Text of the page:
"I decided to write to President Trump because I have lost all confidence in the Japan government to do the right thing, due to their intense prejudice against Okinawans", he said. "I am hoping Americans will be more supportive. The White House has not yet responded. According to their own rules, they have 60 days to respond since we hit the 100,000 signature mark on 18 December, although we are hoping to receive a response much sooner than that due to the urgency of the situation".

    In his letter to the US president, Kajiwara pointed out that the construction of the new US military base would destroy a natural reef that is home to hundreds of rare and endangered species: "The reef is being called the second most biodiverse reef in the world, only behind the Great Barrier Reef", the letter highlighted.

    But that is not all: The strategic importance of the US military base in Okinawa also raises questions, the activist underscored.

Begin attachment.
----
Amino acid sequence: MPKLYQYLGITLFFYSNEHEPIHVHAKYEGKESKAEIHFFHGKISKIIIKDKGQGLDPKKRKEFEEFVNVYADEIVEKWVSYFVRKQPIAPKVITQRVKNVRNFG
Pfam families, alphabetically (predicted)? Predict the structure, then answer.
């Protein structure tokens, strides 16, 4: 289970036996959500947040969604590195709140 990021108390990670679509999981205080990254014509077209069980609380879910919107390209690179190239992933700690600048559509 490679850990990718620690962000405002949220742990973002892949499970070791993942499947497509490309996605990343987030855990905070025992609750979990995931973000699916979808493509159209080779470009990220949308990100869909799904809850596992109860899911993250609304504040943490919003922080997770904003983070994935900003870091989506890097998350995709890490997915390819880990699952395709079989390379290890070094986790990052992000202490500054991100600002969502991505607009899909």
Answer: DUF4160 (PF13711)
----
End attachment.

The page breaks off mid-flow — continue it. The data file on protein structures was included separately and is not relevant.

"The US military as well as members of the US government have stated in the past that this base at Henoko is not important to America's security, since the marines would not be used in the event of a conflict in Asia", Kajiwara elaborated.

    He noted that "the US military as well as Japanese government themselves have stated that Okinawa offers no special strategic significance but happens to be the location due to political considerations".

    On 19 December 2018, former US Army Colonel Lawrence Wilkerson, who worked as the chief of staff under George W. Bush, told Ryukyu Shimpo, an Okinawan newspaper, that stationing US Marines on the island was "strategically unnecessary", but merely cheaper than maintaining them in California.

    Wilkerson and other members of the Overseas Base Realignment and Closure Coalition (OBRACC) sent a letter to the White House and Congress requesting the closure of the base.

    The construction of a new military base which is both "unwanted" and "unnecessary", and may require "billions of dollars over budget", as the activist highlighted in his letter to Trump, citing concerns over soil conditions at the new construction site.

    "It's time to bring the troops home, cut unnecessary spending, reduce America's overseas military burden, and build more peaceful and friendly relations with both China and North Korea", Kajiwara wrote to the US president.